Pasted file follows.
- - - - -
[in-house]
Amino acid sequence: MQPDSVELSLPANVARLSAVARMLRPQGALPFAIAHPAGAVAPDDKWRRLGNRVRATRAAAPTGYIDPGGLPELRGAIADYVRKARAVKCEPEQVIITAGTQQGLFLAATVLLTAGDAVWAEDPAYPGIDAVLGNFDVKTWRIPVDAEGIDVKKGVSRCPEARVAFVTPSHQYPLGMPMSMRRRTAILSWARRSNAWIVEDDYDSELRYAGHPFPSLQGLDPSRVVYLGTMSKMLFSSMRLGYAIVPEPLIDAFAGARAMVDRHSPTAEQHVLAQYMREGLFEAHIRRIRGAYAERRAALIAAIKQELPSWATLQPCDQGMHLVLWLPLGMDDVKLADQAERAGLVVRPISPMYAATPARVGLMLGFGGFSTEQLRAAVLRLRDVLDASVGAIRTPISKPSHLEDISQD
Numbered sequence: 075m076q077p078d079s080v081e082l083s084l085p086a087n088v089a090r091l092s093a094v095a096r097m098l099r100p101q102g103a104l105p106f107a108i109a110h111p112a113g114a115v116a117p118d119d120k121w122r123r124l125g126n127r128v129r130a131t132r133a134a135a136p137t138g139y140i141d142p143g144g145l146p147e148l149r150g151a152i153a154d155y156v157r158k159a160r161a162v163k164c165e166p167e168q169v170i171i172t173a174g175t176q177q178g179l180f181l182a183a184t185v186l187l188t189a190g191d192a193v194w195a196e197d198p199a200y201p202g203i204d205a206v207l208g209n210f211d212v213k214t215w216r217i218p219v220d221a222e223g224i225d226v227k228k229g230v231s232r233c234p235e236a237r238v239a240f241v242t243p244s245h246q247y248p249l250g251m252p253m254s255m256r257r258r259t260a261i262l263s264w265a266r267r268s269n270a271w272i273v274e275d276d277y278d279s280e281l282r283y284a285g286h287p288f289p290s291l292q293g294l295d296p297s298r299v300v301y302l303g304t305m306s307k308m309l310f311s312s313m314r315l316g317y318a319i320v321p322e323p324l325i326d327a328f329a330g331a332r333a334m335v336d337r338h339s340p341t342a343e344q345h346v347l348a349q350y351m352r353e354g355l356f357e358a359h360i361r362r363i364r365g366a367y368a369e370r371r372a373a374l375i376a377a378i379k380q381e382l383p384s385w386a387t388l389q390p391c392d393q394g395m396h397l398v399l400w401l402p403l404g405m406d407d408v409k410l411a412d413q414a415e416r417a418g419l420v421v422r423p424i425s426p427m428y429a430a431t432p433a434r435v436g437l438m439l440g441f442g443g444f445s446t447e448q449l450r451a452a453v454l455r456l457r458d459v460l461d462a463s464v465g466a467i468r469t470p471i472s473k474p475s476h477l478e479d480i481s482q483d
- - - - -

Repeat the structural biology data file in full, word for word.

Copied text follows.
[in-house]
Amino acid sequence: MQPDSVELSLPANVARLSAVARMLRPQGALPFAIAHPAGAVAPDDKWRRLGNRVRATRAAAPTGYIDPGGLPELRGAIADYVRKARAVKCEPEQVIITAGTQQGLFLAATVLLTAGDAVWAEDPAYPGIDAVLGNFDVKTWRIPVDAEGIDVKKGVSRCPEARVAFVTPSHQYPLGMPMSMRRRTAILSWARRSNAWIVEDDYDSELRYAGHPFPSLQGLDPSRVVYLGTMSKMLFSSMRLGYAIVPEPLIDAFAGARAMVDRHSPTAEQHVLAQYMREGLFEAHIRRIRGAYAERRAALIAAIKQELPSWATLQPCDQGMHLVLWLPLGMDDVKLADQAERAGLVVRPISPMYAATPARVGLMLGFGGFSTEQLRAAVLRLRDVLDASVGAIRTPISKPSHLEDISQD
Numbered sequence: 075m076q077p078d079s080v081e082l083s084l085p086a087n088v089a090r091l092s093a094v095a096r097m098l099r100p101q102g103a104l105p106f107a108i109a110h111p112a113g114a115v116a117p118d119d120k121w122r123r124l125g126n127r128v129r130a131t132r133a134a135a136p137t138g139y140i141d142p143g144g145l146p147e148l149r150g151a152i153a154d155y156v157r158k159a160r161a162v163k164c165e166p167e168q169v170i171i172t173a174g175t176q177q178g179l180f181l182a183a184t185v186l187l188t189a190g191d192a193v194w195a196e197d198p199a200y201p202g203i204d205a206v207l208g209n210f211d212v213k214t215w216r217i218p219v220d221a222e223g224i225d226v227k228k229g230v231s232r233c234p235e236a237r238v239a240f241v242t243p244s245h246q247y248p249l250g251m252p253m254s255m256r257r258r259t260a261i262l263s264w265a266r267r268s269n270a271w272i273v274e275d276d277y278d279s280e281l282r283y284a285g286h287p288f289p290s291l292q293g294l295d296p297s298r299v300v301y302l303g304t305m306s307k308m309l310f311s312s313m314r315l316g317y318a319i320v321p322e323p324l325i326d327a328f329a330g331a332r333a334m335v336d337r338h339s340p341t342a343e344q345h346v347l348a349q350y351m352r353e354g355l356f357e358a359h360i361r362r363i364r365g366a367y368a369e370r371r372a373a374l375i376a377a378i379k380q381e382l383p384s385w386a387t388l389q390p391c392d393q394g395m396h397l398v399l400w401l402p403l404g405m406d407d408v409k410l411a412d413q414a415e416r417a418g419l420v421v422r423p424i425s426p427m428y429a430a431t432p433a434r435v436g437l438m439l440g441f442g443g444f445s446t447e448q449l450r451a452a453v454l455r456l457r458d459v460l461d462a463s464v465g466a467i468r469t470p471i472s473k474p475s476h477l478e479d480i481s482q483d